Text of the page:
Palestinians rally in West Bank as six continue hunger strike in Israeli prisons

Palestinians rally in West Bank as six continue hunger strike in Israeli prisons
The health conditions of six Palestinian prisoners on hunger strike have deteriorated severely, as Israeli authorities continues their detention without disclosing charges.
4 min read
West Bank
05 November, 2021
The longest hunger striker, Kayed Fasfus, has reached 113 days without food [Getty]

Palestinians rallied in several West Bank cities on Wednesday in support of six prisoners on hunger strike, demanding the end of their administrative detention. The detainees had been transferred to medical facilities after they went on hunger strike.

Under the administrative detention regime, Israeli military authorities can issue orders that result in the incarceration of Palestinians from the West Bank for up to 6 months. Each detention order can be renewed indefinitely.  

In Nablus, Palestinians gathered at the local offices of the International Red Cross Committee and staged a sit-in, raising the pictures of Palestinian hunger strikers. Students from Birzeit University, who had been organising solidarity activities in the campus since Monday, also took part in the protest. Late on Wednesday, The New Arab witnessed clashes between Palestinians and the Israeli forces near the Beit El checkpoint at Ramallah’s Northern entrance.

Reinstated detentions

Protests in support of the six detainees have been on the rise since last Friday, when Israeli authorities decided to reinstate the administrative detention of one of the hunger strikers, 32-year-old Kayed Fasfus. Ehteram Ghazawnah, head of the documentation unit at the Palestinian Addameer prisoner support association, told The New Arab that “the administrative detention order against Fasfus had been frozen, meaning that he was still a detainee but on hold, temporarily not in detention”.

Ghazawnah explained that the “Israeli supreme court does this to shy away from being held responsible for the detainees' health condition at the hospital. The reinstatement of the detention order means that he is actively a detainee again, and the Israeli military court can therefore renew his detention order for up to six months”. 

In the past, the Israeli military prosecution has usually reached compromises with hunger strikers that have prompted them to end their action in desperate health conditions. The cases of some of these six hunger strikers have been however exceptionally complicated as they have dragged along for a very long time.

Khaled Fasfus, Kayed’s brother, told The New Arab that “a group of medics and lawyers were supposed to visit Kayed at the Israeli Barzilai clinic and produce a report on his health condition, which would have helped in advancing the case for his release.” According to Khaled Fasfus, “the reinstatement of the detention order means that he can no longer receive visits. I’m sure that they did that to prevent the medics and lawyers from visiting him.”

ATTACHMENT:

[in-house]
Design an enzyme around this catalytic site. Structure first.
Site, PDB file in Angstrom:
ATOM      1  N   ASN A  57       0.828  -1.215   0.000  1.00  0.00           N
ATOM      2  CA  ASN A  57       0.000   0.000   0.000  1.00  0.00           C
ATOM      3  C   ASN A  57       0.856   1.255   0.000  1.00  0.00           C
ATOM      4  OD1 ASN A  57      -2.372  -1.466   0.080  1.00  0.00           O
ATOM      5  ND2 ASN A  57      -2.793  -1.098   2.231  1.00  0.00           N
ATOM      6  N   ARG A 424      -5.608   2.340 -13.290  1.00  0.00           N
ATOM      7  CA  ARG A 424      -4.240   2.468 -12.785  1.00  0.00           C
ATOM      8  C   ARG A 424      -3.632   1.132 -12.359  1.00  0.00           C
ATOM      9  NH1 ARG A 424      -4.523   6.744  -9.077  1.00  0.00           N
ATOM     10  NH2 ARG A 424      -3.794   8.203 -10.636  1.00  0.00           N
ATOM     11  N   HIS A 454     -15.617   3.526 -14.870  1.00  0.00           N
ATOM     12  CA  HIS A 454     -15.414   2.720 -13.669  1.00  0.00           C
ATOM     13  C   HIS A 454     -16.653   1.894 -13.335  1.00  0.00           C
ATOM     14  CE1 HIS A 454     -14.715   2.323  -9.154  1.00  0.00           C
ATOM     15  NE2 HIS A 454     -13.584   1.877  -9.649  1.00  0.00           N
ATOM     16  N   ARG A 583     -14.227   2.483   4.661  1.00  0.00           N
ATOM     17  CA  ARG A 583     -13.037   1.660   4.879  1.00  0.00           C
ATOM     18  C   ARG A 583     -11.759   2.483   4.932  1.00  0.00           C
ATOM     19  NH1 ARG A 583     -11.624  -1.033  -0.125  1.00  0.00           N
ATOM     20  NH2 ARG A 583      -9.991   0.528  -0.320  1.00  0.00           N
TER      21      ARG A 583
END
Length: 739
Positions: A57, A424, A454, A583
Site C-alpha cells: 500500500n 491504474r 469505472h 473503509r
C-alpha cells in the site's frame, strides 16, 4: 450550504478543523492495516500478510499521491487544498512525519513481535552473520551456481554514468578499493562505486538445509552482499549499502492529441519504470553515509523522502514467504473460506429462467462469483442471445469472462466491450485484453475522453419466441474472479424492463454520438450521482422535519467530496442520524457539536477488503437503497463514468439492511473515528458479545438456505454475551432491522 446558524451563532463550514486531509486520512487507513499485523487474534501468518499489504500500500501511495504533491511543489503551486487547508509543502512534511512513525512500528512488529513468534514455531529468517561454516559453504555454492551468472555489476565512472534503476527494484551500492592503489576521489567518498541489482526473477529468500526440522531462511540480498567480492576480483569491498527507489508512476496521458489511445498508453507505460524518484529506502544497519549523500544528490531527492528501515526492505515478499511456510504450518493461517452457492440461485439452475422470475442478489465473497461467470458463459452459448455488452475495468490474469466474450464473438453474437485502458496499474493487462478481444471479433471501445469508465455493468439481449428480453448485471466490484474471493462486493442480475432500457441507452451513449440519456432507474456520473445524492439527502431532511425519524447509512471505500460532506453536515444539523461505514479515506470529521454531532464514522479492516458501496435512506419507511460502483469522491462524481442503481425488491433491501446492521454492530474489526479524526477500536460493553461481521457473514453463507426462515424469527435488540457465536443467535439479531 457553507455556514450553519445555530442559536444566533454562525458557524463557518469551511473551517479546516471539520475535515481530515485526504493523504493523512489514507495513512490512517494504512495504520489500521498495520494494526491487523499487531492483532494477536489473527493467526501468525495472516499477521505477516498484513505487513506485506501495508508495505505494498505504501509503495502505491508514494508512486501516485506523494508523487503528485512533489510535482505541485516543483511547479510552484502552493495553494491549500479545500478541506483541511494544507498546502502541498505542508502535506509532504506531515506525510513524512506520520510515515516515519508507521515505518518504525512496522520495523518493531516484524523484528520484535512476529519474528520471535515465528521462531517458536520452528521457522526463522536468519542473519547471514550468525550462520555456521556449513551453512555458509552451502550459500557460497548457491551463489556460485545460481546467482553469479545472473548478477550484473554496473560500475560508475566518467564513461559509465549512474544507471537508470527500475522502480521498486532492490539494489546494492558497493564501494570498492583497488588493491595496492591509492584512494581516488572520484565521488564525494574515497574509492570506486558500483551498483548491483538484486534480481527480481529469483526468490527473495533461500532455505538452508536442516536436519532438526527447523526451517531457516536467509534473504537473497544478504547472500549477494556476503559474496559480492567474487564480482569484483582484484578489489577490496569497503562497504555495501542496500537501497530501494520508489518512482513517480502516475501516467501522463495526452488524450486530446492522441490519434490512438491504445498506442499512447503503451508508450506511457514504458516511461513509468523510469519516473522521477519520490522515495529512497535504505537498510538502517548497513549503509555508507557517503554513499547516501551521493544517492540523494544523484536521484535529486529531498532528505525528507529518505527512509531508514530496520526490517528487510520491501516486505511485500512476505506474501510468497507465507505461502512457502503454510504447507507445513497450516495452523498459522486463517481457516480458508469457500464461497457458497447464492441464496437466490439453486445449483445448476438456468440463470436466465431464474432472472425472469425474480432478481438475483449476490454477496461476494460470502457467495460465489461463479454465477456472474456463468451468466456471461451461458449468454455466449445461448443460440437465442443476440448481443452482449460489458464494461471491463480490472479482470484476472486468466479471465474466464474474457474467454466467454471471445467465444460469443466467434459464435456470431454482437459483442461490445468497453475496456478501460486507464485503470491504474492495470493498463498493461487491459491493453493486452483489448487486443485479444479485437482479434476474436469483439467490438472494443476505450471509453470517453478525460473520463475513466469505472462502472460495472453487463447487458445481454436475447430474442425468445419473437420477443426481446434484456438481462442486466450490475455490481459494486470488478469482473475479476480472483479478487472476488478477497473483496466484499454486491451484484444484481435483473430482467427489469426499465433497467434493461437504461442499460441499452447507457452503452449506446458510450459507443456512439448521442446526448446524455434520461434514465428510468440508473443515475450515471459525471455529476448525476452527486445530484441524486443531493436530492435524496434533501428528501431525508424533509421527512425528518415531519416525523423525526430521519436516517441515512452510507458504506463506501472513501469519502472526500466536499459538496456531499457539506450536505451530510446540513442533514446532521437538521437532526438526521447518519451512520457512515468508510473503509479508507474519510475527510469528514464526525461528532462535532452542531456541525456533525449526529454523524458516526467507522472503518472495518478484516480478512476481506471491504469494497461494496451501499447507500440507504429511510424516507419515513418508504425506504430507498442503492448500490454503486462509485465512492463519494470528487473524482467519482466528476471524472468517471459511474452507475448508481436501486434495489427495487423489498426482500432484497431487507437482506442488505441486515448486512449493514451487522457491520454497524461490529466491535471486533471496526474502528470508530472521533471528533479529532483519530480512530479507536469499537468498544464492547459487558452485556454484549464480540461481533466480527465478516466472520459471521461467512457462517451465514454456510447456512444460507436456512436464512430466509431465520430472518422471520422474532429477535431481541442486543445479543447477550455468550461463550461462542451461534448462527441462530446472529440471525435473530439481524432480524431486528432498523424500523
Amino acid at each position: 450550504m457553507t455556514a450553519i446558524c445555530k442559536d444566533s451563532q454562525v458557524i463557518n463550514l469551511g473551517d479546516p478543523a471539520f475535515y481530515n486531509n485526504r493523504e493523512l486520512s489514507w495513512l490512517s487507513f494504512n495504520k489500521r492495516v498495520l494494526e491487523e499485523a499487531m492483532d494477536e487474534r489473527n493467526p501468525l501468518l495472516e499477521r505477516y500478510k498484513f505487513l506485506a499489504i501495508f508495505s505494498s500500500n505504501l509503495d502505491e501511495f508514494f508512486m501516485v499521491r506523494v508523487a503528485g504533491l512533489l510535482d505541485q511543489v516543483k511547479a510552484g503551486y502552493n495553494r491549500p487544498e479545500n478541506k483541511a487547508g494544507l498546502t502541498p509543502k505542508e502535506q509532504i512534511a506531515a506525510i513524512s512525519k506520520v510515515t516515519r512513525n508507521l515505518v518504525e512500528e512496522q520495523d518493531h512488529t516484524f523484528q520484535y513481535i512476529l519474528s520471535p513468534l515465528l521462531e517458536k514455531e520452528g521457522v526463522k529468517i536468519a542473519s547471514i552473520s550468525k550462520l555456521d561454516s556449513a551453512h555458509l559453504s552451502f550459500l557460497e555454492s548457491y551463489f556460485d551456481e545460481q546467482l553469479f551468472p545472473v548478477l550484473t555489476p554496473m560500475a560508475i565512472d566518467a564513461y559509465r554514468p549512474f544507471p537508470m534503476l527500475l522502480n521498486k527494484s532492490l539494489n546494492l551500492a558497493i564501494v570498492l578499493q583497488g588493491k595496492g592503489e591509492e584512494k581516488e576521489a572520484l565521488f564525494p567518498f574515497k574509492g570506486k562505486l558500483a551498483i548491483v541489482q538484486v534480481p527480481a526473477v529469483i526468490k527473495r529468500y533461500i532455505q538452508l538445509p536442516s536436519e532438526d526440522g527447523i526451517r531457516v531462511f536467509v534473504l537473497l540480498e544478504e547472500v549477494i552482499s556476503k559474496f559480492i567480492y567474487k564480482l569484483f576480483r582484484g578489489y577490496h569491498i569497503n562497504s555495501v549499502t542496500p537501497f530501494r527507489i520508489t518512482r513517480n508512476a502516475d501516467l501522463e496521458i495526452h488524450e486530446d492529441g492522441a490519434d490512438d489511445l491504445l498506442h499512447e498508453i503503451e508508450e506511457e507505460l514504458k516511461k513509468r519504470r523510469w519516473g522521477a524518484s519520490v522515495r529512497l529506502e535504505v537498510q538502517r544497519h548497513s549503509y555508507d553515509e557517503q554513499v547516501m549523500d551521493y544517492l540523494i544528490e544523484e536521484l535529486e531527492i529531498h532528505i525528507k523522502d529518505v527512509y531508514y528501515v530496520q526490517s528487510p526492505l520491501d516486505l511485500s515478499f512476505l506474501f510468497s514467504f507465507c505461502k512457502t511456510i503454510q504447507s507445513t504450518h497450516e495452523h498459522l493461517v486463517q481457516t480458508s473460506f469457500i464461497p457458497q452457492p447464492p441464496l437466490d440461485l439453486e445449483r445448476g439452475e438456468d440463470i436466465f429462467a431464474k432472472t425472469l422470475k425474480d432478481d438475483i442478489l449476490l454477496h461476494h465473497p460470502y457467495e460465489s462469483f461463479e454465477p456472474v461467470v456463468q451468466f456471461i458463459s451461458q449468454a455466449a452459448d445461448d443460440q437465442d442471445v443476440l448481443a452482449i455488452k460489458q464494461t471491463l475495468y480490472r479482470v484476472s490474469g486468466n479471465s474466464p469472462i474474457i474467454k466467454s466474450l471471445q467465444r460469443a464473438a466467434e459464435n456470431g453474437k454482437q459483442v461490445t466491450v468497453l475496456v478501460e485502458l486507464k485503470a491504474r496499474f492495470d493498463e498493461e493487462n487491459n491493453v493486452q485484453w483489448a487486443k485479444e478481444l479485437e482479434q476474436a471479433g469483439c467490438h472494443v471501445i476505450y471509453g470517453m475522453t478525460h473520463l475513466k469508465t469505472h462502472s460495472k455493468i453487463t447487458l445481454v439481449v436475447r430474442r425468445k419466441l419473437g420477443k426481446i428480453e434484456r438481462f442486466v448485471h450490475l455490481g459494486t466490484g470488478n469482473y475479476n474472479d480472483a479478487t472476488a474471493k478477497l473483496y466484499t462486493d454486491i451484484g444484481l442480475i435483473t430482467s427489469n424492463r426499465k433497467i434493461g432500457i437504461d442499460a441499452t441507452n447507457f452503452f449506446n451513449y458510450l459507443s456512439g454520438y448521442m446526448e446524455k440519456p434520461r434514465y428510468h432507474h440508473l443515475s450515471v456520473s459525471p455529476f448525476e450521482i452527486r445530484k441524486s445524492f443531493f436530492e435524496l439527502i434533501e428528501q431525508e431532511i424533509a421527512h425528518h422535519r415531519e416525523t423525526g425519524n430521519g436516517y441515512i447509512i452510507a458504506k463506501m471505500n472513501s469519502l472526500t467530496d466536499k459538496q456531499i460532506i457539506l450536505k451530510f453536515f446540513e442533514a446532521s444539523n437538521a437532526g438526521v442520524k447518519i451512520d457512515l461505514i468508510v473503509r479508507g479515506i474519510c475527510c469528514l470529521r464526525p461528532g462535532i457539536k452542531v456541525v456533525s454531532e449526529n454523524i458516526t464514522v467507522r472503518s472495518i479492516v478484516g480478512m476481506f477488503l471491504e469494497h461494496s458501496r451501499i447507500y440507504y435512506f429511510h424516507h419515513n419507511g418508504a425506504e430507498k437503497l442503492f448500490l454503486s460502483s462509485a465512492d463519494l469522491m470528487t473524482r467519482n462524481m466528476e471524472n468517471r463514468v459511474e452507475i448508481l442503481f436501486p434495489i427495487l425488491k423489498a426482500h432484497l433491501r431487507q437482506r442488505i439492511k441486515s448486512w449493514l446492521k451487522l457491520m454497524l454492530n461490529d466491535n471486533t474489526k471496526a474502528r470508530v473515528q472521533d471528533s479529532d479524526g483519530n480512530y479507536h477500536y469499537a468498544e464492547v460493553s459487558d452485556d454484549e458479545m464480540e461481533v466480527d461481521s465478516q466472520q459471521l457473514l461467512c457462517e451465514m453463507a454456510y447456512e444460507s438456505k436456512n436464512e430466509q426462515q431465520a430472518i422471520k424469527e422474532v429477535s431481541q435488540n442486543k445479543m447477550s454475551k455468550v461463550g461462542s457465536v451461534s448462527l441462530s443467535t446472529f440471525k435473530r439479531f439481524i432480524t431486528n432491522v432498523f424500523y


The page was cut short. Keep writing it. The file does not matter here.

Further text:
Earlier on Thursday, the Israeli military prosecution informed Jawad Bulos, the lawyer representing all six hunger strikers, of its intention to reinstate the detention order of another detainee on hunger strike, 24-year-old university student Miqdad Qawasmeh. His order had been ‘on freeze’ since his transfer to the Israeli Kaplan clinic, following a serious deterioration of his condition weeks before.

"Imminent threat of life"

Miqdad Qawasmeh was reportedly subjected to forced treatment two weeks ago, when Israeli medics were accused of injecting nutrients into his body through IV drip against his will. Kayed Fasfus and Miqdad Qawasmeh are the two longest hunger strikers, with Fasfus reaching 113 days without food and Qawasmeh 106 days.

According to the Addameer association, whose lawyers have been able to visit hunger strikers several times, Fasfus and Qawasmeh are facing “an imminent threat of life”, with symptoms including “constant pain, extreme vitamin deficiency, abnormally low heart rates, difficulties speaking and minimal mobility”.

39-year-old Abu Hawash, a father of five who is on his 80th day without food, reportedly suffers from similar symptoms. His brother Imad Abu Hawash told The New Arab that, according to Hisham’s lawyer, he neither can speak properly nor move around unassisted, and that he repeatedly vomits blood and bodily matter. The Israeli court reportedly ruled against transferring him to a civil hospital unless he suffers a heart attack. “They literally want to wait for Hisham to die,” exclaimed Imad.

Death report 'at any time'

“We have appealed against his administrative detention several times and our appeal has been overruled. In one of the court hearings the prosecution claimed they had new secret, security-sensitive information to support the renewal of his detention order, although he had been in prison for months and over seventy days on hunger strike,” he added. “We have exhausted all legal means to save him. We expect his death report at any time.”

In addition to Kayed Fasfus, Miqdad Qawasmeh and Hisham Abu Hawash, three more Palestinians are currently on hunger strike protesting their continuous administrative detention: 34-year-old and father of one Alaa al Aaraj, on hunger strike for 89 days, 28-year-old Ayyad Hraimi (48 days), and 45-year-old Louay Al Ashqar (25 days).

According to the Addameer association, there are currently around 500 Palestinians held in administrative detention in Israeli prisons.